AN ARMIDALE magistrate has refused to lift a suppression order revealing the identity of a former Catholic priest charged over historic child sex offences, in order to protect his safety and privacy.
Magistrate Karen Stafford said “it was necessary to protect the safety of any person,” and ruled the 59-year-old couldn’t be named during an appearance in Armidale Local Court yesterday.
The man fronted court on 137 charges relating to the alleged sexual abuse of children as far back as the 1970s and one charge relating to the storage of a firearm.
The man, who was seated in the back of the courtroom, watched on throughout the proceedings and wrote brief notes as Magistrate Stafford delivered her judgement on the non-publication order.
Barrister Peter Hamill argued that his client would be under threat if his name was revealed.
“The dangers and risks to the personal applicant are real,” Mr Hamill told the court.
Mr Hamill argued material published could prejudice future procedures and the order was needed to “protect the personal safety of the defendant.”
He told the court Magistrate Richardson, who presided over the matter when it first came to court last November and granted the original suppression order after he was approached by members of the public in Armidale, that “his honour was concerned about it then, then we would submit ... your honour would be still concerned about it now.”
Mr Hamill said the defence had found a considerable amount of evidence breaching the non-publication orders on publishing the man’s name.
“On the internet there is a large amount of prejudicial ... inadmissible ... highly in- flammatory material,” he said.
“Remarkable amount of material.
“Vitriolic comments which really are in the nature of threats.”
In an affidavit filed by defence solicitor Glen Kee, Mr Hamill detailed his client had been referred to as a “monster” and that the town where he was attempting to reside had been named also.
“That’s a bit on the scary side,” he said.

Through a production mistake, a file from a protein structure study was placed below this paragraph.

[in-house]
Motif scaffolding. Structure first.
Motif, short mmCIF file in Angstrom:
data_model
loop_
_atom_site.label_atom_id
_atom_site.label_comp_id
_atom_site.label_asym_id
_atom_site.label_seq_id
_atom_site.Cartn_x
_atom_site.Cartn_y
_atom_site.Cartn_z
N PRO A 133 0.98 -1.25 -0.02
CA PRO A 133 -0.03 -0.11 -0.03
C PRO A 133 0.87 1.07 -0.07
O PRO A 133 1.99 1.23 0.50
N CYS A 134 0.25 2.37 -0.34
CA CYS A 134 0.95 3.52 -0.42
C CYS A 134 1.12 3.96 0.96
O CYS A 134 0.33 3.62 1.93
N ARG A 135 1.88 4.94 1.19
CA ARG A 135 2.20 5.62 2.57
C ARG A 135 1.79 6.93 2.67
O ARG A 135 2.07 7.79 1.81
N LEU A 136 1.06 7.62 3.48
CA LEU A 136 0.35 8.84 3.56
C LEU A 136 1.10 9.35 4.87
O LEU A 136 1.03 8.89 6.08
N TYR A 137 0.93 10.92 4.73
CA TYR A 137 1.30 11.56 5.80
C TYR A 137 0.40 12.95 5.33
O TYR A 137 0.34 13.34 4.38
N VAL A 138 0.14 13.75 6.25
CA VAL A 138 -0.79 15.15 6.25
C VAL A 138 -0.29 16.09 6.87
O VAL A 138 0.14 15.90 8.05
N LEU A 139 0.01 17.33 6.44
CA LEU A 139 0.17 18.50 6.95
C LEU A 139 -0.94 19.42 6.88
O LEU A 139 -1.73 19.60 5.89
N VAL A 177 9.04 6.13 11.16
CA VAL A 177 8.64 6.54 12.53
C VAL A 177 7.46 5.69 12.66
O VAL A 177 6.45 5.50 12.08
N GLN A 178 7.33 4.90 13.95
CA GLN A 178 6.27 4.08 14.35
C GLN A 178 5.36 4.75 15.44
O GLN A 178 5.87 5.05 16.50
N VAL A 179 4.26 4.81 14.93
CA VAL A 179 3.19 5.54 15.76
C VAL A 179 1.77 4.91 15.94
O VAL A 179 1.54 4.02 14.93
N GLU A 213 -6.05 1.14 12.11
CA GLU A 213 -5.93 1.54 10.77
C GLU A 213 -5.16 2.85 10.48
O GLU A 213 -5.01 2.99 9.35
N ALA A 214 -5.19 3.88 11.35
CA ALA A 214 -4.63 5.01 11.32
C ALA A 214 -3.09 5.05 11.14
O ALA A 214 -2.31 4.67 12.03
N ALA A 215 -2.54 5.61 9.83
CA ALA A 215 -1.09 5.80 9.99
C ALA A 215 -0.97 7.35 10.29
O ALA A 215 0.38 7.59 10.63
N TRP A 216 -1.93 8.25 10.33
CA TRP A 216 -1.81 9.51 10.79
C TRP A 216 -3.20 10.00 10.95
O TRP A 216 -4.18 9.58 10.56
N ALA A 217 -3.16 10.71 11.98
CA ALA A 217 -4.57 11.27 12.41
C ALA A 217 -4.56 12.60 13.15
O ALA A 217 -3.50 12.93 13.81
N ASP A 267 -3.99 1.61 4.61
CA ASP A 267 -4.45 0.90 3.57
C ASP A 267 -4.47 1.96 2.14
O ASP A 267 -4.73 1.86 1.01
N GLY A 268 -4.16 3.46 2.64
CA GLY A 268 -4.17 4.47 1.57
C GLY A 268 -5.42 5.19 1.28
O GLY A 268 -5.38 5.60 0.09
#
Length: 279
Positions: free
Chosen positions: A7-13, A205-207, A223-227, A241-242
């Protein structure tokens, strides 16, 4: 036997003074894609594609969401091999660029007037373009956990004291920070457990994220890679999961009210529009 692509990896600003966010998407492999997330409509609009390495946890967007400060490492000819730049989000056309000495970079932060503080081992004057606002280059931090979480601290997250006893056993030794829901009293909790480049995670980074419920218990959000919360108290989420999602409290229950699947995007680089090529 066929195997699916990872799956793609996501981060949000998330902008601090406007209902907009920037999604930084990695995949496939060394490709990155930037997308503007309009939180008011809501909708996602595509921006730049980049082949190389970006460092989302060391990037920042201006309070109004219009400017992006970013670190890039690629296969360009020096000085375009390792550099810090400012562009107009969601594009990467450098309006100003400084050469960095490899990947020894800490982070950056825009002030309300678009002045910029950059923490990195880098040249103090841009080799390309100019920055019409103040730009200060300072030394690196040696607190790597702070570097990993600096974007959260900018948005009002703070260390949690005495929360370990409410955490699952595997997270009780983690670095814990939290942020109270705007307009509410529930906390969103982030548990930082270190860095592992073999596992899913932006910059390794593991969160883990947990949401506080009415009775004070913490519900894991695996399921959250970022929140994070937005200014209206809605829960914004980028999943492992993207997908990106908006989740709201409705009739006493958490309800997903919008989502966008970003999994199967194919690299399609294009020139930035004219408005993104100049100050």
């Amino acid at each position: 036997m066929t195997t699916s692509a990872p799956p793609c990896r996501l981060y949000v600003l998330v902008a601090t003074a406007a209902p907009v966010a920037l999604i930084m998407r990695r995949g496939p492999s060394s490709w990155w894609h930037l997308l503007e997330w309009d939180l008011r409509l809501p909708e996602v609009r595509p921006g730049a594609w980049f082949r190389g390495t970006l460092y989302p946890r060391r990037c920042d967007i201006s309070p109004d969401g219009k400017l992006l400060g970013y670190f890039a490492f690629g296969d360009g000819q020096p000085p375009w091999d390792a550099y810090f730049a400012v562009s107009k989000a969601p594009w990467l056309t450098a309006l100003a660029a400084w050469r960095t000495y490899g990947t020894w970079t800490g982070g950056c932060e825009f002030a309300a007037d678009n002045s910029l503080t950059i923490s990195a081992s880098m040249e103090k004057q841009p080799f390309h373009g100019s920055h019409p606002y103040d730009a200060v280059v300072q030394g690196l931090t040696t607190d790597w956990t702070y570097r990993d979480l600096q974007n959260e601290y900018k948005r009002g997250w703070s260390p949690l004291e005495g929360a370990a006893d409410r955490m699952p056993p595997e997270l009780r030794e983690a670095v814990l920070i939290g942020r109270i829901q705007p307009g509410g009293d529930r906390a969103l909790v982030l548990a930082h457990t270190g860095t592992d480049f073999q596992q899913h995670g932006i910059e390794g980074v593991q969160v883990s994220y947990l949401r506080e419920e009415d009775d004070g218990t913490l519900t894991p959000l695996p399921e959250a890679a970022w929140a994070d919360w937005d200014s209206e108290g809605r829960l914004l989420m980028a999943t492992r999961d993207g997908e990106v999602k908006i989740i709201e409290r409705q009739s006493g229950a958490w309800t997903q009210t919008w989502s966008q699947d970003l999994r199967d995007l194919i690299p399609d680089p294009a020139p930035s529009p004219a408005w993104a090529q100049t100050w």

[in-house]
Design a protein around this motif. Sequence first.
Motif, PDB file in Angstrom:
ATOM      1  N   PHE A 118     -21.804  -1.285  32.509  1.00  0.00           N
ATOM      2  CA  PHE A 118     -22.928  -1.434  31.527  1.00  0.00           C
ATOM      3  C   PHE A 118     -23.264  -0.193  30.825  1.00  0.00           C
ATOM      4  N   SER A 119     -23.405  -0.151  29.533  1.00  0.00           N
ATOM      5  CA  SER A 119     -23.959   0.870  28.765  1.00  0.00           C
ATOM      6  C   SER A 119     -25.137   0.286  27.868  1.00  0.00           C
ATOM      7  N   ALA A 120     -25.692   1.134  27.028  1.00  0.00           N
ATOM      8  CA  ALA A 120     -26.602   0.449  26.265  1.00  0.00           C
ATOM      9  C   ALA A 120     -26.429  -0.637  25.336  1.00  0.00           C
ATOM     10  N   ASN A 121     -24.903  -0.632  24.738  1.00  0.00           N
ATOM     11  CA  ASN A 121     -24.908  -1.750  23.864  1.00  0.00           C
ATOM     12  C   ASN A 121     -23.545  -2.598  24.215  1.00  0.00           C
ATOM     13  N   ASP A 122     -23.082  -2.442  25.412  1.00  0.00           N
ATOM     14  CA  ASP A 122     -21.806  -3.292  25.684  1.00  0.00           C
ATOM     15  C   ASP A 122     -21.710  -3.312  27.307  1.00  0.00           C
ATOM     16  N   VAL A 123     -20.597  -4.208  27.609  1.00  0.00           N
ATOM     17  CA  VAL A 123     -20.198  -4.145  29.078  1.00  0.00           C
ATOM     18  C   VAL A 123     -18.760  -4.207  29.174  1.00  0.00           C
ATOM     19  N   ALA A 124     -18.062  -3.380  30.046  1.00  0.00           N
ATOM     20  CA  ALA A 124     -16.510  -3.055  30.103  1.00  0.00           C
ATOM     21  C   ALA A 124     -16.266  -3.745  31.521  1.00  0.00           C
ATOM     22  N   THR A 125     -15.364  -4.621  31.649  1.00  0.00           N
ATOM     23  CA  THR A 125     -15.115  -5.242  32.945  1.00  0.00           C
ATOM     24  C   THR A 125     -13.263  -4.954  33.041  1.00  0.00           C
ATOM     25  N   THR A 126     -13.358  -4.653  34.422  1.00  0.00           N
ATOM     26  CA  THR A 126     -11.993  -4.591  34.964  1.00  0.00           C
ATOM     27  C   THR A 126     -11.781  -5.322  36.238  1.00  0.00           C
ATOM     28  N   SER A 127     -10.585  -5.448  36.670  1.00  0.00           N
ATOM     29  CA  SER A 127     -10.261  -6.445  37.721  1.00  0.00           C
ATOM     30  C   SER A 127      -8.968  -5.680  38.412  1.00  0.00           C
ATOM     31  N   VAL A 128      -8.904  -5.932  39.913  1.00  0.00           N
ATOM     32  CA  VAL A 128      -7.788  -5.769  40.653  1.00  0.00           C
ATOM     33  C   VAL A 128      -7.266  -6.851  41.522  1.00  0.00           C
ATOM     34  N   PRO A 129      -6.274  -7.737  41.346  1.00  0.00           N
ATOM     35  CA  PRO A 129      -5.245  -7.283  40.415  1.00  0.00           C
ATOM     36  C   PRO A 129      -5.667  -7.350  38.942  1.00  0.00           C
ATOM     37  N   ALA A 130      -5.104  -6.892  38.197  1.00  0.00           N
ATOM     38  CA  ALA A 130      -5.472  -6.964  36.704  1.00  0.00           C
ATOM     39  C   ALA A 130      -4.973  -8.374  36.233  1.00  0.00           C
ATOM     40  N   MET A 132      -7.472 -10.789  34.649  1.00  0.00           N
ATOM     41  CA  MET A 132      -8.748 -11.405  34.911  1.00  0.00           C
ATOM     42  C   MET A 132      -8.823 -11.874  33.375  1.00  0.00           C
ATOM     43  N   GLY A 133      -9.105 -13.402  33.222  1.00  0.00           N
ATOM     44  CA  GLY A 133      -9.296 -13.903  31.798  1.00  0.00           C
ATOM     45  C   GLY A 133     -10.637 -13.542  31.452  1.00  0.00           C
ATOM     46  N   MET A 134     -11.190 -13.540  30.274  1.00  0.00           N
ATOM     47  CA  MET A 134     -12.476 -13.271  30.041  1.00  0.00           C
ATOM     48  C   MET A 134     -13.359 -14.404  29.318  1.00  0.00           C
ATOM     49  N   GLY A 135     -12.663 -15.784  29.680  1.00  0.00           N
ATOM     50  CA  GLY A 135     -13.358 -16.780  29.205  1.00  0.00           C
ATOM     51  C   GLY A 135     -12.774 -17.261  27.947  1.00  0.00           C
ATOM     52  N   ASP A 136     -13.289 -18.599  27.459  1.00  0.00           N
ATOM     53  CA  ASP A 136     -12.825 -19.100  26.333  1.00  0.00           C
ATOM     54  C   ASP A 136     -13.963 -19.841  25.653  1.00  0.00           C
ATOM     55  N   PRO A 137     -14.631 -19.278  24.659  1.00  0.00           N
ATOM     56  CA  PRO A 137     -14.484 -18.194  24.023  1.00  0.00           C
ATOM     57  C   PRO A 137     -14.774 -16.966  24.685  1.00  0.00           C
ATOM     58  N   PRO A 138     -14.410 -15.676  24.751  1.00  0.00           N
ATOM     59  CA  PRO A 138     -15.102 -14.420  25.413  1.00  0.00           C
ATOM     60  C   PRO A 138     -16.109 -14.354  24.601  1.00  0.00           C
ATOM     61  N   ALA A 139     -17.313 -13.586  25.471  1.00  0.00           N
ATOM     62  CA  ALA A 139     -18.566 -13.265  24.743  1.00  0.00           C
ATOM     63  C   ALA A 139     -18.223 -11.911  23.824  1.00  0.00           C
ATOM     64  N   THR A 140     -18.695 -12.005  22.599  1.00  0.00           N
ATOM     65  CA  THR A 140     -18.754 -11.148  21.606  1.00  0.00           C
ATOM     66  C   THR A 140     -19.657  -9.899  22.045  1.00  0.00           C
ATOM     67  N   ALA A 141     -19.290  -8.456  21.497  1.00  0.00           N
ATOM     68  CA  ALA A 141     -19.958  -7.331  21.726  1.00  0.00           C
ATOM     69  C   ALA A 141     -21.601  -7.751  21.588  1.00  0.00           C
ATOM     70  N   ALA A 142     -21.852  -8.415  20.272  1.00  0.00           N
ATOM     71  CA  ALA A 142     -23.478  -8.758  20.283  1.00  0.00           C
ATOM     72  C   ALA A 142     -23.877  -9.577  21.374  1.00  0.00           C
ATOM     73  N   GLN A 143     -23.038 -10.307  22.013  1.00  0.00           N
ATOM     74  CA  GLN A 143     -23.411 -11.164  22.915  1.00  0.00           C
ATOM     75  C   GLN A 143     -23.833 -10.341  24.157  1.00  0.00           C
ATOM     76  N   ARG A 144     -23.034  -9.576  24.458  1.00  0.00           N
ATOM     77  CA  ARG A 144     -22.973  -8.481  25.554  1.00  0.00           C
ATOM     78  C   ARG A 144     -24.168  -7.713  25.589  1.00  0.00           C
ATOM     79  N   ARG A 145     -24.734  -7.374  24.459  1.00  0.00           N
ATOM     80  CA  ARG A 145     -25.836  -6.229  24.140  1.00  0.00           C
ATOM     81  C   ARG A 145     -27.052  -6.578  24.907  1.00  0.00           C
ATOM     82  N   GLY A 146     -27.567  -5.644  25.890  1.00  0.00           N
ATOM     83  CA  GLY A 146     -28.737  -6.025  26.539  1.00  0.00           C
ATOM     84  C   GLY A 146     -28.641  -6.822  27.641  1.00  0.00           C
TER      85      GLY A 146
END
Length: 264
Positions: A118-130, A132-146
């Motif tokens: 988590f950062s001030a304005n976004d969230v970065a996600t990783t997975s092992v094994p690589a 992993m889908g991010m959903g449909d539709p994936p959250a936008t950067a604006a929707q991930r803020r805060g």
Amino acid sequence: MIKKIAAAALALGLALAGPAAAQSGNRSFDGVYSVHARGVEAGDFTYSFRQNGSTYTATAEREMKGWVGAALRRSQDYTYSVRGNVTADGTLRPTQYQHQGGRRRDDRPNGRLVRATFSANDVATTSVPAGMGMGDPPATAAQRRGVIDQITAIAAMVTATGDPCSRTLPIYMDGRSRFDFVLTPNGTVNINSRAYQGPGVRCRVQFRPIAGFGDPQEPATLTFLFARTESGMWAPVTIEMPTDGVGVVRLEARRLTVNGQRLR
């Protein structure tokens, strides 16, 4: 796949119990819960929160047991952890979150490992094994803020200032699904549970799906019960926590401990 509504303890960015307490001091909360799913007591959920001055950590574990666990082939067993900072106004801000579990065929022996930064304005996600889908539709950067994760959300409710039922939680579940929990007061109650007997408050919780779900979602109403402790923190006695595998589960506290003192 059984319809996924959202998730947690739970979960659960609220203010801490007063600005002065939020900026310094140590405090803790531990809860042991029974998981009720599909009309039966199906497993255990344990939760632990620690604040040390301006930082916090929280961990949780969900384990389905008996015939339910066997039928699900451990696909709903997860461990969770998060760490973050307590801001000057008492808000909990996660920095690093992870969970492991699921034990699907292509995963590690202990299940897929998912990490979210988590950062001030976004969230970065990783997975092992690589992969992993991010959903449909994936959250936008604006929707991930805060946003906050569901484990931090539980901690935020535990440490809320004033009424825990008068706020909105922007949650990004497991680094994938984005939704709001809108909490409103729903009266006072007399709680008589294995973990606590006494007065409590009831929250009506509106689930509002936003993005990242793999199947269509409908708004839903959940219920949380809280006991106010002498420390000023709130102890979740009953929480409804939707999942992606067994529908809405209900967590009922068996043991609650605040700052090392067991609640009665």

He said his client had previously had people come up to him calling him rude names in the street.
However, Crown prosecutor Peter Woods said the inflammatory remarks on many of the online blogs were posted in July, 2012.
“There has been no action on the blogs,” he told the court.
“If I can call them redneck rants.”
Mr Woods said a book had already been published, which was tendered to the court on the last occasion, publishing the man’s name.
“There is certainly community disgust,” he said about the nature of the offences.
Mr Woods argued the non-publication order was “not necessary” and if his name was released it could encourage any other potential victims to come forward.
Magistrate Stafford told the court she had to take into account the fundamental principle of law that “justice should take place in open court.”
However, she noted in the affidavit that was filed by the defence, a number of paragraphs “raise a suggestion of the lack of privacy” for the 59-year-old man.
Ms Stafford ruled the non-publication order stay and said it was “necessary to protect the safety of any person notwithstanding that a primary objective of the administration of justice is to safeguard the public interest in open justice.”
She then went one step further and extended the suppression order to cover Australia-wide.
“I am satisfied that it is necessary for the order to apply outside of NSW to achieve the purpose of protecting the safety of any person,” she said.
Magistrate Stafford acknowledged it was an “emotionally charged matter” and there was the real risk that inadmissible evidence will be published.
And that since a national program was broadcast in July 2012, there had been internet material published.
There was a “high level of emotion bordering at times of vitriol”, she told the court.
She added that “allegations of this nature arouse intense reactions.”
The non-publication order covers the man’s identity, address and visual image and will remain until the court orders otherwise.
Former priest yet to enter pleas
THE 59-year-old former priest is yet to enter any pleas for 137 alleged child sex abuse charges as well as one count related to a firearm.
The man was first charged by police in October before further charges followed in January, April and then 13 extra offences were laid in July.
Crown prosecutor Peter Woods said the Crown had been in discussion with the defence.
“Moving towards agreement ... there are some areas of disagreement,” Mr Woods said.
“I am in the process of preparing a summary document ... that is now 60 pages long.”
Mr Woods said the Crown needed a two-onth adjournment to sort through discussions.
Defence barrister Peter Hamill supported the adjournment, adding more negotiations were needed with the Crown.
“I think we’re getting closer,” he told the court.
“I don’t think we’re imminent.”
Two investigating officers from Strike Force Glenroe were present in court for the matter.
Strike Force Glenroe was set up comprising detectives from the Sex Crimes Squad and the New England and Barwon police commands in July last year to investigate claims of alleged sexual abuse.
Sixty-four of the historic charges against the 59-year-old man relate to offences allegedly committed against two girls and an altar boy in Moree and Armidale in the early 1980s.
Sixty-one offences relate to the alleged sexual abuse of three sisters and six boys during the 1970s and ’80s while 13 offences relate to the alleged assaults against a Moree altar boy, who was aged between 12 to 14, between 1981 and 1984 in Moree.
The case has been adjourned to November 6.